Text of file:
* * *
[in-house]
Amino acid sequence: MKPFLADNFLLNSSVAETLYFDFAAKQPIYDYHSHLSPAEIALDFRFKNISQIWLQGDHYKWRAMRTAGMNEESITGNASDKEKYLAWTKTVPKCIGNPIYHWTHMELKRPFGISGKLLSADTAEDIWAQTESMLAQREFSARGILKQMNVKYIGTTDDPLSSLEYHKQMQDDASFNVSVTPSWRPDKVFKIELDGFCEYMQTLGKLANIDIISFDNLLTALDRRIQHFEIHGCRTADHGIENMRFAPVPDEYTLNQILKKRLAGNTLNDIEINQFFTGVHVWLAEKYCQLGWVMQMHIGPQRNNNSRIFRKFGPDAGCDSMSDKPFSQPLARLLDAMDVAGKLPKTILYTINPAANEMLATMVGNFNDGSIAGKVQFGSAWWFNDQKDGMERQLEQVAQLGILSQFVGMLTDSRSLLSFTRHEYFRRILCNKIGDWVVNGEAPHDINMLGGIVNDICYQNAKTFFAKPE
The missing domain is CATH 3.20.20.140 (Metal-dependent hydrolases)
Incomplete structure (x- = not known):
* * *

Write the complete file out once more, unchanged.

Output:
[in-house]
Amino acid sequence: MKPFLADNFLLNSSVAETLYFDFAAKQPIYDYHSHLSPAEIALDFRFKNISQIWLQGDHYKWRAMRTAGMNEESITGNASDKEKYLAWTKTVPKCIGNPIYHWTHMELKRPFGISGKLLSADTAEDIWAQTESMLAQREFSARGILKQMNVKYIGTTDDPLSSLEYHKQMQDDASFNVSVTPSWRPDKVFKIELDGFCEYMQTLGKLANIDIISFDNLLTALDRRIQHFEIHGCRTADHGIENMRFAPVPDEYTLNQILKKRLAGNTLNDIEINQFFTGVHVWLAEKYCQLGWVMQMHIGPQRNNNSRIFRKFGPDAGCDSMSDKPFSQPLARLLDAMDVAGKLPKTILYTINPAANEMLATMVGNFNDGSIAGKVQFGSAWWFNDQKDGMERQLEQVAQLGILSQFVGMLTDSRSLLSFTRHEYFRRILCNKIGDWVVNGEAPHDINMLGGIVNDICYQNAKTFFAKPE
The missing domain is CATH 3.20.20.140 (Metal-dependent hydrolases)
Incomplete structure (x- = not known):